NLRB Continues to Attack Non-Unionized Employer’s Common Work Rules

HH&K previously reported about the NLRB General Counsel’s advice memoranda that collected and analyzed recent Board cases finding common employee handbook provisions illegal.  As we noted, most of the employers caught in the NLRB’s web have been non-unionized employers.  Since that post, the Board has continued its assault on employer work rules.

In Lily Transportation Corporation, (01-CA-108618; 362 NLRB No. 54), the Board affirmed an administrative law judge’s decision finding three handbook provisions unlawful.  The first was an overbroad dress code provision that prohibited employees from wearing any logos, slogans or insignia other than the Eli Lily insignia.  The Board found this provision unlawfully prevented employees from wearing union support buttons.


The Board also invalidated a confidentiality provision stating employees could be disciplined for “Disclosure of confidential information, including Company, customer information and employee information maintained in confidential personnel files.”  The Board held that the provision could be read to prevent employees from discussing information regarding wages and hours, which might be contained in employee personnel files, and was thus, unlawful.


Finally, the Board affirmed the ALJ’s decision finding an internet posting rule that prohibited employees from posting “information or comments about Lily, Lily’s clients, Lily’s employees or employees’ work that have not been approved by Lily on the internet, including but not limited to blogs, message boards, and websites.”  The Board found the provision would reasonably be construed by employees to limit conversations about work, including their terms and conditions of employment.  The rule also stated that “Lily will use every means available under the law to hold persons accountable for disparaging, negative, false, or misleading information or comments involving Lily or Lily’s employees and associates on the internet and may take corrective action up to and including discharge of offending employees.”  The Board found the second portion of the rule was invalid as it would tend to intimidate employees and chill free conversation of their Section 7 rights.


In a second case, DirecTV U.S. DirecTV Holdings, LLC, (21-CA-039546; 362 NLRB No. 48), the Board considered a case that had been remanded because of the Supreme Court decision in Noel Canning.  The Board adhered to its previous decision finding four work rules invalid.  The Board invalidated a rule stating employees should not contact the media and a rule stating that  “[i]f law enforcement wants to interview or obtain information regarding a DIRECTV employee, whether in person or by telephone/email, the employee should contact the Security department in El Segundo, Calif., who will handle contact with law enforcement agencies and any needed coordination with DIRECTV departments.”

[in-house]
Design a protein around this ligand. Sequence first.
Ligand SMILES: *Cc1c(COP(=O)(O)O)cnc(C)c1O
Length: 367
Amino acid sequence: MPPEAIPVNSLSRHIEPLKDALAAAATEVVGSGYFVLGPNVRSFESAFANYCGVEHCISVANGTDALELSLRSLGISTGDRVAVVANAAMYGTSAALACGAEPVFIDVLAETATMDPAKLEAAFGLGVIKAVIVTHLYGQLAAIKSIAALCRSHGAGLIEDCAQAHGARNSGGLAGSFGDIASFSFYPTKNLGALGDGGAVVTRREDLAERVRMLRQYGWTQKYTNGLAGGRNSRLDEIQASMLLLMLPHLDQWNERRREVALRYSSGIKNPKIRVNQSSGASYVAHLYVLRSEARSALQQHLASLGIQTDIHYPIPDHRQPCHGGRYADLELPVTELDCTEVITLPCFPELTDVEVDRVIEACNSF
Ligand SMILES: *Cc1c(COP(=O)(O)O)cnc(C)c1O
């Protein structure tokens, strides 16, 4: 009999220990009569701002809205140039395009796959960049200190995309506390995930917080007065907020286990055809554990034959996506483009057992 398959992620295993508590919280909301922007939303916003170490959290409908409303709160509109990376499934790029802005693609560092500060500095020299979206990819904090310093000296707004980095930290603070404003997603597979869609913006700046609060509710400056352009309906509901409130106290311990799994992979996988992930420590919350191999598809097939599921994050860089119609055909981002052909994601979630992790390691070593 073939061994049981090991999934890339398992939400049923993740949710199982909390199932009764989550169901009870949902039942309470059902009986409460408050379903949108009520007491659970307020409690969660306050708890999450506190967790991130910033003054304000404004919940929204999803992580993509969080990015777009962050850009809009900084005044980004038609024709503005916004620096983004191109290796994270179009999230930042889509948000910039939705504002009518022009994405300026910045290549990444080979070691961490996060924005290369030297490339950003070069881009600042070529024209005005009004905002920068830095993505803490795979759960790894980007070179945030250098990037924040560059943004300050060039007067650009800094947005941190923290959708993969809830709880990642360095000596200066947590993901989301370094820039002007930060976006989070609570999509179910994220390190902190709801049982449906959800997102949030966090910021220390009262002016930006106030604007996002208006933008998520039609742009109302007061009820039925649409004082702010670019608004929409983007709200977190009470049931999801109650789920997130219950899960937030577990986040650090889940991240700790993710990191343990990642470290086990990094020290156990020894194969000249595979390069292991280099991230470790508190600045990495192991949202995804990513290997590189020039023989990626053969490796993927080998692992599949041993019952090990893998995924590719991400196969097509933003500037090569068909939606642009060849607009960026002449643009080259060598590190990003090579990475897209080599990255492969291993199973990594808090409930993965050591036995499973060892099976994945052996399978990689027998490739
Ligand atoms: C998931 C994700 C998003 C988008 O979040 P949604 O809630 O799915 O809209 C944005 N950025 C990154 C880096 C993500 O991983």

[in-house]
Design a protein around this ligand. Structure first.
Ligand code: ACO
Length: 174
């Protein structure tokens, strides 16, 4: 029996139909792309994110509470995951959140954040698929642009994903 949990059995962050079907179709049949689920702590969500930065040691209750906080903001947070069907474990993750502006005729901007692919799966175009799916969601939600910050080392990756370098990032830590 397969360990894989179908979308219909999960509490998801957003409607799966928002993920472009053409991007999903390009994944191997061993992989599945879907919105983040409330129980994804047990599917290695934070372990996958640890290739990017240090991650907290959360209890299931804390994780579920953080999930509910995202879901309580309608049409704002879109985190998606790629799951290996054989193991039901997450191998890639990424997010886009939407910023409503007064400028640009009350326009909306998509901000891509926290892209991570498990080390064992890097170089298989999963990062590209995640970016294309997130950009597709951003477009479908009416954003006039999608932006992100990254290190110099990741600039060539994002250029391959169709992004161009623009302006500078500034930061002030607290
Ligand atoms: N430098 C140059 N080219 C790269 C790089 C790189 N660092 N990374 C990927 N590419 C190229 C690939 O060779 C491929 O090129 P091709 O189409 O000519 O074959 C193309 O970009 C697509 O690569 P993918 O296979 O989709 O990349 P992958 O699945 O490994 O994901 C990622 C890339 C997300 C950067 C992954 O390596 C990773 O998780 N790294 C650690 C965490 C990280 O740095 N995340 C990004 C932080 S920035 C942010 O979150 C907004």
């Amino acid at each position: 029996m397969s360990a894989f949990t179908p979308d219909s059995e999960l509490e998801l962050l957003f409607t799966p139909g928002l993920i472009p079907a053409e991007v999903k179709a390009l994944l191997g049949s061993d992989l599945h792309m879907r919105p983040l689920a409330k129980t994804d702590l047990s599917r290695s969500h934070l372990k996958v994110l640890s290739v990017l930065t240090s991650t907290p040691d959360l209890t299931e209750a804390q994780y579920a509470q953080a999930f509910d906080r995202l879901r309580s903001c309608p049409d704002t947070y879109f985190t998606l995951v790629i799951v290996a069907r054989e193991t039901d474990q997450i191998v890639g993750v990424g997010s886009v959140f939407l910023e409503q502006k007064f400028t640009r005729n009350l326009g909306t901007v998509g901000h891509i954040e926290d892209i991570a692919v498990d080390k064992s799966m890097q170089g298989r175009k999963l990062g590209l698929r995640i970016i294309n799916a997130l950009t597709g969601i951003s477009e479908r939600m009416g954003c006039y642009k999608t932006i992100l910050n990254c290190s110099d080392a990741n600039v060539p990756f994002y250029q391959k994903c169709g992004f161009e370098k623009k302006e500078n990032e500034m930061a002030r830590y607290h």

The Board also invalidated Direct TV’s confidentiality provision which “contains the following language: ‘Never discuss details about your job, company business or work projects with anyone outside the company . . . never give out information about . . . DIRECTV employees [and] employee records.’”

Finally, the Board invalidated a “overly broad” social media rule that stated “Employees may not blog, enter chat rooms, post messages on public websites or otherwise disclose company information that is not already disclosed as a public record.”


Unfortunately for Direct TV, the matter is not finished.  The Board also remanded a portion of the case regarding use of the employer’s e-mail system for a further trial in light of the Board’s Decision in Purple Communications.


Article written by Dawn J. Lanouette, partner at Hinman, Howard & Kattell, LLP.  To contact Mrs. Lanouette directly please email or call (607) 723-5341.

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